Saturday, September 04, 2010

Obama & Niebuhr?

In a recent article appearing in EthicsDaily.com, Colin Harris, a professor of religious studies in Mercer University, said this: “Reinhold Niebuhr is regarded by many as the most influential American theologian and ethicist of the 20th century. … In 1976, the citizens of the United States elected a president who claimed Niebuhr as a significant influence in his theological and political pilgrimage.” That was Jimmy Carter.

This statement has been attributed to Niebuhr: “Evil is not to be traced back to the individual but to the collective behavior of humanity.” It would be hard to imagine a more wrong-headed claim.

Ironically, Glenn Beck mentioned in his speech at the Lincoln Memorial during his “Restoring Honor” rally on 28 August the fact that part of his effort, actually the most important part, was to insist that salvation is not a collective thing, as is the case with “liberation theology,” but a personal, individual thing. Niebuhr had it backwards.

Without Hitler, the individual, there would have been no Nazism/Holocaust; without Lenin, no communism; without Mao, no great leap forward; without Pol Pot, no killing fields; without Saddam, no WMD-use on the Kurds, Shiites and Iranians; without Stalin, no gulag; without Khamenei/Ahmadinejad, no threat to obliterate Israel. There’s no chicken-egg argument in this matter. The individual comes first, then the carnage…or in some cases, just the opposite – good. Think of Lincoln and slavery and perhaps the most profound cultural change in U.S. history.

Collectivism eventuates from the actions of an individual, not the other way around. Jesus dealt with the individual, as did God in the OT, with the “nation,” the collective, taking form/action after the fact. Obama believes in the “collective,” another term for class-ism – us against them, which remarks victimization as the governing element in any enterprise. This is the “liberation theology” espoused by Jeremiah Wright and preached to Obama for 20 years.

In practical terms in the black community, “black liberation theology” amounts to reparations, the oppressor paying the oppressed account of slavery, even though for 147 years no white American has owned a slave. One might as well insist that all citizens in northern states make reparations to all citizens in southern states. Obama knows reparations won’t go down with the American people, at least now, so he alluded to it in his campaign by suggesting that the Constitution be adjusted in order to allow for the proper redistribution of wealth.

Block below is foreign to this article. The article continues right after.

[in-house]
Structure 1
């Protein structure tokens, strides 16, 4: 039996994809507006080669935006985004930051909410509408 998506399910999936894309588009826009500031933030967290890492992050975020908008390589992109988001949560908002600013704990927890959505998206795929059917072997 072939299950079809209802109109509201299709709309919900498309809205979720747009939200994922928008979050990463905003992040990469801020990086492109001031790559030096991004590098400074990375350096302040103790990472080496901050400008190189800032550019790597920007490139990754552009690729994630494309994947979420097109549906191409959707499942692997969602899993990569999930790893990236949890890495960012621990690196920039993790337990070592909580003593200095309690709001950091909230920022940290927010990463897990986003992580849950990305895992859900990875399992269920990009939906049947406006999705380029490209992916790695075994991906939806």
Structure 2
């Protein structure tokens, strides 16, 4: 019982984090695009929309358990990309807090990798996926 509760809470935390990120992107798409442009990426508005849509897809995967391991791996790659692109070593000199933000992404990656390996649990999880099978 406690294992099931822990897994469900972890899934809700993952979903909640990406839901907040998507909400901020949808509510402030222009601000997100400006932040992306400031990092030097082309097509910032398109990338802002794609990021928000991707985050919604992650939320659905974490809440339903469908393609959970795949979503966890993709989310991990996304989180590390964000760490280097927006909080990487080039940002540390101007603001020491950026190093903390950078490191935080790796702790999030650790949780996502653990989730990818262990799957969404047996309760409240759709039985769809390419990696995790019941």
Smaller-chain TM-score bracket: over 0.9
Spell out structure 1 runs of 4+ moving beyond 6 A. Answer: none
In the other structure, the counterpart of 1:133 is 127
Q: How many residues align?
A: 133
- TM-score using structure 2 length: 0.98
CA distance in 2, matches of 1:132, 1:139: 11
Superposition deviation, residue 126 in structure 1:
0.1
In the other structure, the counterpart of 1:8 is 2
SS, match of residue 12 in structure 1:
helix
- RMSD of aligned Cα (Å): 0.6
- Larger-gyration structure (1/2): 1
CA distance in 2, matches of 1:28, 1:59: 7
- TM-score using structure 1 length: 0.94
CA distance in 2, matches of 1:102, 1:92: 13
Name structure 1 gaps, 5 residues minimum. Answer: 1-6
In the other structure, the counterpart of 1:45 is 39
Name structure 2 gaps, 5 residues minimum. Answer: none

Obama, then, has become the individual through which the attempt at socialism – the collective – is being made. It remains to be seen if American citizens will become part of the collective, though they are well on their way down that road. First comes the individual, then the following “herd.” American communist leaders tried to turn the country in the 1930s, but even in the awful Great Depression of that time, the citizens wouldn’t have it.

This is attributed to Niebuhr: “Democracies are indeed slow to make war, but once embarked upon a martial venture are equally slow to make peace and reluctant to make a tolerable, rather than a vindictive, peace.” Perhaps Niehbuhr has a point in some cases but one wonders how he could make that conclusion with the worst war ever fought – World War II. Or the Korean conflict soon after, two of this nation’s better moments!

The United States came in late (at least officially) in both WWI and WWII, proving that democracies (U.S. actually is a republic) use war as a last resort. In neither case was the resultant peace instrument vindictive, since the U.S. acquired no colonies and formed no firing squads for the losers’ citizens (just the bad guys, few in number at that). Indeed, the magnanimity (Marshall Plan) instigated for loser Axis nations of WWII was not only not vindictive but probably the most decent “peace arrangement” in all of history, as evidenced by the prosperity of those countries today.

As part of its beneficence (Niebuhr’s “vindictive” peace) to Germany (despite 405,000 American dead in WWII), the U.S. kept some 300,000 troops in that country to protect it from the Soviet Union following WWII until about 1990 and the dissolution of the Soviet empire. Today, there are still more than 54,000 American GIs in Germany even though Germany has 244,300 active military of its own.

Some 28,500 American GIs remain in South Korea (American presence been there since 1950) in order to protect it from North Korea, which has 1,106,000 active military, nearly 5% of its total population. South Korea’s military numbers 687,000 but would be crushed if the Americans were ever to leave since even the little tyrant that rules North Korea, Kim Jong Il, knows better than to attack an American. Another example of Niebuhr’s vindictive peace?

This is Harris again: “Now we have a president [Obama] who also acknowledges a debt to Niebuhr for his influence in the development of his religious and political philosophy. He has also acknowledged the influence of his faith in his approach to the challenges of his office.” If this is true and with the comparison to be made to the Carter administration, God help us all.

And so it goes.
Jim Clark

1 Comments:

Blogger Scott Paeth said...

You know, you've actually got Niebuhr exactly backward. He did not say that only collectivities can engage in evil, he said that collectivities are incapable of engaging in moral good. He never denied that individuals as well as collectives could commit acts of evil. His argument was that societies cannot transcend matters of what he called "collective self-interest" and act in ways that would be considered purely moral from a Christian perspective.

6:22 AM  

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